To be a soldier is to face the prospect of violent death. Over time, of course, the odds of the worst happening to any individual taking the Sovereign’s shilling have ebbed and flowed. Compared to the mass sacrifice of World Wars I & II the 1970s, ‘80s and 90s were periods of relative calm. For UK troops, conflicts came and went, but despite the ferocity of the Falklands, the relentless low-level attrition of Northern Ireland, Balkan horrors and desert escapades during the First Gulf War, the majority of troops were just as likely to have avoided danger as have crossed its path. The former head of the Army, General Sir Mike Jackson, is not alone in having given a lifetime of armed service and yet not once been shot at by someone intent on doing him harm.
For the first quarter century of my own career I was in a very similar position to Sir Mike. But Afghanistan changed all that. During my three tours of ‘Afghan’ it was routinely the situation that I had to kill or be killed. And so it went for most of my colleagues. For those in the infantry the big question since 2006 – when UK troops moved into Helmand Province – has not been: will I have to fight? But rather, when will I have to fight?
My luck held. I survived. Hundreds of others – over four hundred – have not. The latest losses mean yet another grim milestone has been reached and past. For those who did not know these men and women, their names will mean little or nothing. Yet each photo published alongside a report of a fatality 4,500 miles away offers a glimpse of the human toll of the conflict.
For all the similarities between these posed pictures – invariably of smiling, confident soldiers, attired in one regimental uniform or another – they are clearly a window onto the lives of individuals. Each had their own sets of friends and relations, their own hopes and aspirations, plans for the long lives everyone of us who are in the military assume we will go on to lead, whatever the chances against it might be.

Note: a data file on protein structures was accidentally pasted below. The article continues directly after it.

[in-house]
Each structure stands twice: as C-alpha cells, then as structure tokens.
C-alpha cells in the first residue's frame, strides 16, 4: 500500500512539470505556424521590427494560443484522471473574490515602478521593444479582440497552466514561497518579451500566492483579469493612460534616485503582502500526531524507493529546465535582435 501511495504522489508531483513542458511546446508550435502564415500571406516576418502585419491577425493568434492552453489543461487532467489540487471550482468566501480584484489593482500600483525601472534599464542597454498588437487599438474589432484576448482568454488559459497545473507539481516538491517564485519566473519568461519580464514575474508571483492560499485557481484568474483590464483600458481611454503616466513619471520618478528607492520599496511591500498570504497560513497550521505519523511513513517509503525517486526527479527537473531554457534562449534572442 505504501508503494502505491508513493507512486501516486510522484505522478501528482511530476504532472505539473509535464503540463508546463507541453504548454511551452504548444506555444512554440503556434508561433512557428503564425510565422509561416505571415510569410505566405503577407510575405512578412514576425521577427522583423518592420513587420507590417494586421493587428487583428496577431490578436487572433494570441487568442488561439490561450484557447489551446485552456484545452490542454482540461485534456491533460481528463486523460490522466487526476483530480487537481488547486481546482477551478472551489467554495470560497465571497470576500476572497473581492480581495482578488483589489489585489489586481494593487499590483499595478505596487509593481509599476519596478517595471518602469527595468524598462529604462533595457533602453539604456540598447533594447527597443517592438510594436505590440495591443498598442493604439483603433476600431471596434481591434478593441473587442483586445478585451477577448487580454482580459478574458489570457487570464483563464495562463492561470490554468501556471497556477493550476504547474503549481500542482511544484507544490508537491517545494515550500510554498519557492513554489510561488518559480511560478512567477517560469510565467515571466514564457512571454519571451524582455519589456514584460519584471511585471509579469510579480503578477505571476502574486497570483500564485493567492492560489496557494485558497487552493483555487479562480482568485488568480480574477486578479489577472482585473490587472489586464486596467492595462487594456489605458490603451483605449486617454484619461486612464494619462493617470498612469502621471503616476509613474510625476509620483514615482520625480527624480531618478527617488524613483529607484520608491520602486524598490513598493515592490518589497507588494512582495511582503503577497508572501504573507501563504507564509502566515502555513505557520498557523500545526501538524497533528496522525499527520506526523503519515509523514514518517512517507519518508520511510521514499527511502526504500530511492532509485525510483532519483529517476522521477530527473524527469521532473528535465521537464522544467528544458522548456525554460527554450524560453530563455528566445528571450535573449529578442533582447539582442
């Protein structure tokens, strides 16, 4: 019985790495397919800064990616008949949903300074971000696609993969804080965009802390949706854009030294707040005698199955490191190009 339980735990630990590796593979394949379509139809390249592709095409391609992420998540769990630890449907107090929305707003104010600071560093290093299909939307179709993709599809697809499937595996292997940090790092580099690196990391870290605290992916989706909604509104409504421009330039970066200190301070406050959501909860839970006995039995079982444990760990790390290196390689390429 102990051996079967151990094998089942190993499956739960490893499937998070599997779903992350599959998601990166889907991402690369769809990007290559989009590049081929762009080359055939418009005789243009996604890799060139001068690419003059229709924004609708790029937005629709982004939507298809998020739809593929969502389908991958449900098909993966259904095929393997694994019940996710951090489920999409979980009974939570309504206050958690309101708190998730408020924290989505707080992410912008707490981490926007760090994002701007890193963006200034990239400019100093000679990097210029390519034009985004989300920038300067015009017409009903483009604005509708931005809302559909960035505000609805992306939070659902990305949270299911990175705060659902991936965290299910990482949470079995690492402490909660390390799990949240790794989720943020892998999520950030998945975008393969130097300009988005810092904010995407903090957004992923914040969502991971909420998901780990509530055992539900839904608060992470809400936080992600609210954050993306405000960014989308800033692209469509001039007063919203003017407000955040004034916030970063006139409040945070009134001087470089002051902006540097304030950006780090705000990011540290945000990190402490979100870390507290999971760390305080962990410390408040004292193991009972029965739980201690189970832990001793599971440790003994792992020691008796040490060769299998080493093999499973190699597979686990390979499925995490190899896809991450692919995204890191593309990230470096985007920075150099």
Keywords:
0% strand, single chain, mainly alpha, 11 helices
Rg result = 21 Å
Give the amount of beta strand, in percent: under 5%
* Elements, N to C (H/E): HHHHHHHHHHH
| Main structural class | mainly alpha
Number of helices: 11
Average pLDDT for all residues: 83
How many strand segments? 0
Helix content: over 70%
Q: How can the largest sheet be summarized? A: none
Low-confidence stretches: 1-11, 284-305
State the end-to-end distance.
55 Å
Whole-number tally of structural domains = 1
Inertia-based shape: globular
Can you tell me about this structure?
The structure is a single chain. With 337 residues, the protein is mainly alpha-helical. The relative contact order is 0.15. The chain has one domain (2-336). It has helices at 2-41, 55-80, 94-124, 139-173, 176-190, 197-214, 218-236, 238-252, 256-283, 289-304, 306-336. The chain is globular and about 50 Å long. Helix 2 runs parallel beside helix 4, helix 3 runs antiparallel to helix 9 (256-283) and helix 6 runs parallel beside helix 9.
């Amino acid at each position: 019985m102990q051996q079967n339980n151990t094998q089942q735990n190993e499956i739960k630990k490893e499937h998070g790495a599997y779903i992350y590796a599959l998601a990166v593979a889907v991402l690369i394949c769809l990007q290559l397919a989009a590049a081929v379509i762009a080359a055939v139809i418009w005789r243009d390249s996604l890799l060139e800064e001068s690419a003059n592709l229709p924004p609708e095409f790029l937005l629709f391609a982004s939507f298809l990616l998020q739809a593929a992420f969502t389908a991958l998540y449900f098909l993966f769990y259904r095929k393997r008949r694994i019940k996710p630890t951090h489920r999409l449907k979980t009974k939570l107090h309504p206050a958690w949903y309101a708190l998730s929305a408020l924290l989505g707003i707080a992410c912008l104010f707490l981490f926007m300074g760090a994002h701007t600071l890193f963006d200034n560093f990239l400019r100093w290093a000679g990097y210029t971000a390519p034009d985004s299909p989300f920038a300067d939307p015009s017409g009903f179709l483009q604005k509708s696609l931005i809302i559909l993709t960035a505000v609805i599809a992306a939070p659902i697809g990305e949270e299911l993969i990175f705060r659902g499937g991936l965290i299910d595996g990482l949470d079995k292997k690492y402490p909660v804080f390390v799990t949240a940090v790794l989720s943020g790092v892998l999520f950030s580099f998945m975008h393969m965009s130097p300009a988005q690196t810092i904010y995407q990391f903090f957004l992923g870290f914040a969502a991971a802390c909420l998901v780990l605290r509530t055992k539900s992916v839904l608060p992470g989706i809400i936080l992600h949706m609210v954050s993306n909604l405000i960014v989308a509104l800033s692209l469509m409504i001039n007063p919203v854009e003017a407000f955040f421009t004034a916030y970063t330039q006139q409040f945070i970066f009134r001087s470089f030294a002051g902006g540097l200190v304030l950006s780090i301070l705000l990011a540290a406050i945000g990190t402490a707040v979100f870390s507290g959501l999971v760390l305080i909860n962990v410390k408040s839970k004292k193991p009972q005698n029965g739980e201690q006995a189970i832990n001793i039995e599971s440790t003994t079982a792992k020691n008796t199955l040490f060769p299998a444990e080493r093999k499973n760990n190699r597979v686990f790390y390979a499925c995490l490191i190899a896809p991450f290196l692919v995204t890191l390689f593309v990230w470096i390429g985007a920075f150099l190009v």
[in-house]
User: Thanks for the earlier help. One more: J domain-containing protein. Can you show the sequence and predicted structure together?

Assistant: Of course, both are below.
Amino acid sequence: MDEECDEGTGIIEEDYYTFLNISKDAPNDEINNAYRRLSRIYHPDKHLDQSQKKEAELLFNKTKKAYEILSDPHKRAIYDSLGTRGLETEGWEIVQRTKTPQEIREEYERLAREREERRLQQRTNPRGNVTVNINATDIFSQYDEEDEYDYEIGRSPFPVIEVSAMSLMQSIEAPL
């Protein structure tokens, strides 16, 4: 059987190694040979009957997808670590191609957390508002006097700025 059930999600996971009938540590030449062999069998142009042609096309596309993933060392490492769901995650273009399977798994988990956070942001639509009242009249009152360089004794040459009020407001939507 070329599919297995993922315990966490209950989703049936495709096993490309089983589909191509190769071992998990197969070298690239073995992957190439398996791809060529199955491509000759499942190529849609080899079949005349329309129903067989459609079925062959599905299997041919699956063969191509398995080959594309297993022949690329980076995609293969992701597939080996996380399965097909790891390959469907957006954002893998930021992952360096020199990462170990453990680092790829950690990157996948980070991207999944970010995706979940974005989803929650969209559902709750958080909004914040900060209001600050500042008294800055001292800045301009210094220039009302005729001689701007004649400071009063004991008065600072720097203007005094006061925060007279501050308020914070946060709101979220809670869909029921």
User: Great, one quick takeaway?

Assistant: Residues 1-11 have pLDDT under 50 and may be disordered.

You can see that confidence about the future in the eyes. It is there alongside the pride and the courage, the commitment and integrity, the passion and the defiance. For whatever else soldiers might think when we go to places like Afghanistan it is not that we won’t come back.
Which isn’t to say we are immune from the sorrow caused by losing a close colleague.
The figure of 400 dead provides the media a ready-made peg on which to hang the latest batch of stories about our intervention in the country. There have been many similarly suitable markers since 2001 when we first entered Afghanistan in the wake of the 9/11 attack: one dead, ten dead, a hundred, two, three hundred. You see the pattern.
Yet the Army doesn’t do milestones. It honours each death. If anyone remembers that every life lost is equally important, it is those who make up the deceased’s extended family: those in the military themselves. To us who are left behind, the hole in the ranks is all too obvious. Whatever the cause, whatever the greater good; at the most basic level soldiers – and sailors and airmen – primarily fight for each other. And the loss of a brother in arms is felt keenly whether they are the first or the fifty-first to perish in a campaign.